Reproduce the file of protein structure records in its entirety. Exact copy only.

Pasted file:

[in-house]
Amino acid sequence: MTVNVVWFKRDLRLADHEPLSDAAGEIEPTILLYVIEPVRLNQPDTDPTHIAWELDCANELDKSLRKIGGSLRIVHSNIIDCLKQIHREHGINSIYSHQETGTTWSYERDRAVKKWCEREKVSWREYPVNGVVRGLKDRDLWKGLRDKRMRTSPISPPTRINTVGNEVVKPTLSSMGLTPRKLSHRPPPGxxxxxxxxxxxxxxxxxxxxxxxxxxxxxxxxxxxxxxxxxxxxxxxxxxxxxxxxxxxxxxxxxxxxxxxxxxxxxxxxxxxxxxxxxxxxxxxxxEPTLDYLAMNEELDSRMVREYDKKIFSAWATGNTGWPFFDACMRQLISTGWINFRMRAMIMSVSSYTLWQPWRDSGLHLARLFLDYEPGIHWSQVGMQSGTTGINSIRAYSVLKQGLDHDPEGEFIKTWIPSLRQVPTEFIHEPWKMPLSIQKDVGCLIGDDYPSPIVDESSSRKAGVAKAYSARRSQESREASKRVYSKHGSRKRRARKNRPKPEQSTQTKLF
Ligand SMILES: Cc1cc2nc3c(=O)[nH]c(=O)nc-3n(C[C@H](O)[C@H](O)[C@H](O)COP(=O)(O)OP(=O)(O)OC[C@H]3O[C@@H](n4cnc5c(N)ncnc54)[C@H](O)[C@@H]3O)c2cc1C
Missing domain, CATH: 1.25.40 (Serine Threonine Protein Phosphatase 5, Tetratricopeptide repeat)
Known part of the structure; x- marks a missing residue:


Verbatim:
[in-house]
Amino acid sequence: MTVNVVWFKRDLRLADHEPLSDAAGEIEPTILLYVIEPVRLNQPDTDPTHIAWELDCANELDKSLRKIGGSLRIVHSNIIDCLKQIHREHGINSIYSHQETGTTWSYERDRAVKKWCEREKVSWREYPVNGVVRGLKDRDLWKGLRDKRMRTSPISPPTRINTVGNEVVKPTLSSMGLTPRKLSHRPPPGxxxxxxxxxxxxxxxxxxxxxxxxxxxxxxxxxxxxxxxxxxxxxxxxxxxxxxxxxxxxxxxxxxxxxxxxxxxxxxxxxxxxxxxxxxxxxxxxxEPTLDYLAMNEELDSRMVREYDKKIFSAWATGNTGWPFFDACMRQLISTGWINFRMRAMIMSVSSYTLWQPWRDSGLHLARLFLDYEPGIHWSQVGMQSGTTGINSIRAYSVLKQGLDHDPEGEFIKTWIPSLRQVPTEFIHEPWKMPLSIQKDVGCLIGDDYPSPIVDESSSRKAGVAKAYSARRSQESREASKRVYSKHGSRKRRARKNRPKPEQSTQTKLF
Ligand SMILES: Cc1cc2nc3c(=O)[nH]c(=O)nc-3n(C[C@H](O)[C@H](O)[C@H](O)COP(=O)(O)OP(=O)(O)OC[C@H]3O[C@@H](n4cnc5c(N)ncnc54)[C@H](O)[C@@H]3O)c2cc1C
Missing domain, CATH: 1.25.40 (Serine Threonine Protein Phosphatase 5, Tetratricopeptide repeat)
Known part of the structure; x- marks a missing residue: